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Microsoft Azure - Monitoring Virtual Machines
Monitoring virtual machines is important to keep a track of its performance and health. Windows Azure provides an interactive interface to monitor the statistics related to the performance of virtual machine. The five key statistics are −
- CPU percentage
- Disk Read Bytes/sec
- Disk Write Bytes/sec
- Network in
- Network out
Monitor VM in Azure Management Portal.
Step 1 − Login to Azure Management Portal.
Step 2 − Go to Virtual Machine.
Step 3 − Select the virtual machine you want to monitor.
Step 4 − Select Monitor from the top menu as shown in following image.
You can see 5 key terms on the above screen. It seems pretty complicated at first glance but when you look carefully, you can see that each line on the graph is in a different color which matches the color of the term. For example, CPU Percentage is in purple color and the purple line on the graph represents it. The machine shown in the above image is quite new. The following sections will explain how figures are read.
CPU percentage is the most common statistics to check whenever there is a performance issue in an application. It tells the processor’s utilization in percentage. In the following image, you can see that in the last dropdown at the right top corner 1 hour is selected and, highest utilization is at 3:15 which is 0.13%.
Disk Read Bytes/Sec
Another factor affecting performance is disk input/output operations. Disk read byte/second measures the amount of data read every second on the disk. If the read operations are done more frequently on the disk, performance issues can be resolved using a faster disk.
Disk Write Bytes/sec
Similarly, disk write byte/sec measures the amount of data written every second. If the application needs writing large amount of data on the disk, a bigger disk can be chosen.
In the image above, you can see the highest point in disk read is 218.35 byte/sec at 3:25. You can see the last hour’s data because ‘1 Hour’ is selected in the dropdown. You can also see data for last 24 hours and 7 days.
Monitoring the network traffic can be done by looking at the ‘network in’ figures in the ‘Monitor’ section. The network-in statistics can be in bytes or TCP segments received.
Network-out statics tells about TCP segments sent per second. You can also see relative or absolute statistics by selecting an option from dropdown encircled in the following image.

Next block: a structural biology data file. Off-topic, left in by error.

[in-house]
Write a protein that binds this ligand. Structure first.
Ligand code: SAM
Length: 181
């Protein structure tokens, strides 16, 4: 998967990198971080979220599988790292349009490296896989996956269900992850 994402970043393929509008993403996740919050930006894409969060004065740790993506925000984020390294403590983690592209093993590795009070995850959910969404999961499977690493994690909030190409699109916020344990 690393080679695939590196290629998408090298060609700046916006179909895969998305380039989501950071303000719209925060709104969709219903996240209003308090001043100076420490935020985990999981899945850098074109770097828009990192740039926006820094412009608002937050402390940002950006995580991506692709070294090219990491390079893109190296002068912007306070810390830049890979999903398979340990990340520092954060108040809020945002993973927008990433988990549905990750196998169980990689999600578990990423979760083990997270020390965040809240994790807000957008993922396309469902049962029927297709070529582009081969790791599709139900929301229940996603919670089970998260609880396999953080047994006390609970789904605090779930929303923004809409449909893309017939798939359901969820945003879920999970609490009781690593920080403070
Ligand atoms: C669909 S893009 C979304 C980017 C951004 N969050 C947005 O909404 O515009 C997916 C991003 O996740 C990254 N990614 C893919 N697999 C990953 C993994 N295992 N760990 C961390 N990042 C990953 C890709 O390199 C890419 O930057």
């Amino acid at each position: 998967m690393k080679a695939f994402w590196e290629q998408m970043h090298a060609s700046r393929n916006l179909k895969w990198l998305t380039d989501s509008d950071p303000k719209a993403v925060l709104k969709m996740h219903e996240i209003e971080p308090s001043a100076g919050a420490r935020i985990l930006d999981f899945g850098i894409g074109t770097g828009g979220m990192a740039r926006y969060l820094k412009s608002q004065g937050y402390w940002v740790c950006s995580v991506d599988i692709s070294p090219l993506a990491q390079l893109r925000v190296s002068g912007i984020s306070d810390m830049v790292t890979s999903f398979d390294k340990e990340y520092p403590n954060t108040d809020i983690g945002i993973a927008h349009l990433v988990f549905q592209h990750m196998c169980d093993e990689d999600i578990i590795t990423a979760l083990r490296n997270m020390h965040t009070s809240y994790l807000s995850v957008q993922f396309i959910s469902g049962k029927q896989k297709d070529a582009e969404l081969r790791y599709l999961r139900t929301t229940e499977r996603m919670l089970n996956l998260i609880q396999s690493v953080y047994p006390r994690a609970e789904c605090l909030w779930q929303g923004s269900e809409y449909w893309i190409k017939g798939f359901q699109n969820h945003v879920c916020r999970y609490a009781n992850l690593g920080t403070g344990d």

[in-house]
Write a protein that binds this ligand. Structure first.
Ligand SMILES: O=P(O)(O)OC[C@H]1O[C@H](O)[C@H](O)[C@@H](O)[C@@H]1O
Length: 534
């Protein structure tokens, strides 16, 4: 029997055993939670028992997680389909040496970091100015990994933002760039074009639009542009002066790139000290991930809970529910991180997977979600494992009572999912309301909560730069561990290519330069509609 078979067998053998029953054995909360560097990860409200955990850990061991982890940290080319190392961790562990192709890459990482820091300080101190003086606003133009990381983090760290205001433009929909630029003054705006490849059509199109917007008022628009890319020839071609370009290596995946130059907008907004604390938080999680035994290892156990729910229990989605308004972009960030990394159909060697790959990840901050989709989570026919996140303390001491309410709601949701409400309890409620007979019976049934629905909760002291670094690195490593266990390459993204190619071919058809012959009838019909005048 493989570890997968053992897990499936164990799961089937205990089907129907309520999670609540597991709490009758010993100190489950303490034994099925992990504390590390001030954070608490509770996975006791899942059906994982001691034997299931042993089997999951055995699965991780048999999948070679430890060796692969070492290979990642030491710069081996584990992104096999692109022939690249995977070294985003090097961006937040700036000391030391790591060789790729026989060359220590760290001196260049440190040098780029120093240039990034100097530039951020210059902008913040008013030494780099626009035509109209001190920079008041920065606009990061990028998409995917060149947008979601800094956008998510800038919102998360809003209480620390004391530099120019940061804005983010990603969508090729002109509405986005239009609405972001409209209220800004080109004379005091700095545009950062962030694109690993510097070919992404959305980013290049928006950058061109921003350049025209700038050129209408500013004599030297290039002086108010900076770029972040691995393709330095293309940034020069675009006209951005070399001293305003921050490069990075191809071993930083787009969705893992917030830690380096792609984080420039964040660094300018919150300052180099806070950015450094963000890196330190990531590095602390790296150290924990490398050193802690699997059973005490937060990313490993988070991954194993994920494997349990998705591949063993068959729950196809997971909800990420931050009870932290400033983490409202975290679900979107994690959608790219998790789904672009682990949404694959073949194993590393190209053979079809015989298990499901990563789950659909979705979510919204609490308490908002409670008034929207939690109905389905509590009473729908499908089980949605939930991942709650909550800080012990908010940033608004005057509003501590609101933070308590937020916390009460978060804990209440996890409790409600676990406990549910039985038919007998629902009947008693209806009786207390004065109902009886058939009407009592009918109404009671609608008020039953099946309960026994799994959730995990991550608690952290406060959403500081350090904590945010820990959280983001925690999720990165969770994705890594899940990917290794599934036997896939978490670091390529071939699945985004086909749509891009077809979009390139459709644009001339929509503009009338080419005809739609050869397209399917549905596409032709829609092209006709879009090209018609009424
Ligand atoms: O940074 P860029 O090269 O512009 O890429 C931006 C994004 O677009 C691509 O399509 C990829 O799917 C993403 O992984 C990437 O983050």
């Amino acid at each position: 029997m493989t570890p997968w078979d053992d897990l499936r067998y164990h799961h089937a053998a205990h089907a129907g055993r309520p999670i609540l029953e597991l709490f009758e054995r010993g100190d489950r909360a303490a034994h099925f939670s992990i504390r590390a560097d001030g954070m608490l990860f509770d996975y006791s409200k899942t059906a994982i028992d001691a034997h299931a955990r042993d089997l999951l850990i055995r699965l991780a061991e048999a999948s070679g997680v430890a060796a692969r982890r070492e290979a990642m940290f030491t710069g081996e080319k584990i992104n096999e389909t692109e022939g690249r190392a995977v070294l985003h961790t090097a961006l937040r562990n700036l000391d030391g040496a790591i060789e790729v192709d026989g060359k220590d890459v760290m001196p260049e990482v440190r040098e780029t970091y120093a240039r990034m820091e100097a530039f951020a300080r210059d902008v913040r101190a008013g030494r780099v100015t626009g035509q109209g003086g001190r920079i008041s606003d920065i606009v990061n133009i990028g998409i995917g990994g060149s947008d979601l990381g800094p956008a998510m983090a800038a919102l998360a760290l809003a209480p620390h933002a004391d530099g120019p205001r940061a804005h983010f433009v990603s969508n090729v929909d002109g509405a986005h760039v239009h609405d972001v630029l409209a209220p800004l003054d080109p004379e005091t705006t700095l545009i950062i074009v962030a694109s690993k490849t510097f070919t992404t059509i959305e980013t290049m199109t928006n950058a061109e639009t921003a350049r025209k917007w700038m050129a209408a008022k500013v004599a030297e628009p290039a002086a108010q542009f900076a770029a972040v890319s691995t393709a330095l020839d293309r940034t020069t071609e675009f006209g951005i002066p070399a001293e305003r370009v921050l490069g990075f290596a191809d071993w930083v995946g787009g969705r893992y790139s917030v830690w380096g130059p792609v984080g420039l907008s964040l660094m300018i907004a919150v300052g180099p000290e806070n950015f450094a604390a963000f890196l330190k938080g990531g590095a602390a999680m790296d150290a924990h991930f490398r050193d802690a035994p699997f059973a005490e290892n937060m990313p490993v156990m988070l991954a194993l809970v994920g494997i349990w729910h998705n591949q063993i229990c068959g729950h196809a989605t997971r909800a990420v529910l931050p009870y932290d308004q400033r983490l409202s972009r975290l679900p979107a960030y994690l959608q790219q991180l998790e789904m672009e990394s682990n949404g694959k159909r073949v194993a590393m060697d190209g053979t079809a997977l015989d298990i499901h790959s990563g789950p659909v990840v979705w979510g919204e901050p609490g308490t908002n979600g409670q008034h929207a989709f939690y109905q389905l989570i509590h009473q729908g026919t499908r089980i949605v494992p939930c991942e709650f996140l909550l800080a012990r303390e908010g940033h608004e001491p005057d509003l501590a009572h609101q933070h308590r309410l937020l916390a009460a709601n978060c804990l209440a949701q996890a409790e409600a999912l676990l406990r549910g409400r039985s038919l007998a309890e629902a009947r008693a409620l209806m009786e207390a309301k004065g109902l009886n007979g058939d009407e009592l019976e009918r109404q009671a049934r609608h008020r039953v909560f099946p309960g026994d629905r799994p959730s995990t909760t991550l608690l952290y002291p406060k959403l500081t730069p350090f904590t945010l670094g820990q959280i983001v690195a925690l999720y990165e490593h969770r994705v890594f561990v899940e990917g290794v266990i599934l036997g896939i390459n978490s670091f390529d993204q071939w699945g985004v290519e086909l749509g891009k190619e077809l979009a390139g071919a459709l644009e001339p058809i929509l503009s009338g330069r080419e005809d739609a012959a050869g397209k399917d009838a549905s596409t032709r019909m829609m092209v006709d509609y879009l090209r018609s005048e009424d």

Similarly, you can choose the duration from the dropdown highlighted in the following image.
You can also choose particular metrics, by clicking on ‘Add Metrics’ at the bottom of the screen. The following screen will appear, in which you can check the desired metrics.
Enabling diagnostics allows you to collect logs. Azure will collect logs and store in a storage account you specified. We can enable diagnostics by switching to the ‘Preview Portal’. Diagnostic figures help in troubleshooting as the logs for errors can be tracked in the storage account.
Step 1 − Switch to the ‘preview portal’.
Step 2 − Locate the ‘Virtual Machine (classic)’ in the left panel.
Step 3 − Select the Machine and ‘All Settings’.
Step 4 − Scroll down and locate ‘Diagnostics’. Select ‘Diagnostic’ as shown in the following image.
Step 5 − Select ‘On’ in the next panel displayed on the right side. By default it will be set off.
Step 6 − Since it uses a storage account to store the logs you will have to configure the setting for the storage account by clicking on the encircled part in the following image.
Step 7 − You can also select or deselect the type of logs you want to keep.
You will also see a panel at the bottom with the heading ‘Monitoring’. This section displays the same metrics that we discussed in the section above.
These figures help users to identify the causes of performance slide of an application. They can also generate alerts for these features; they go above the set limits.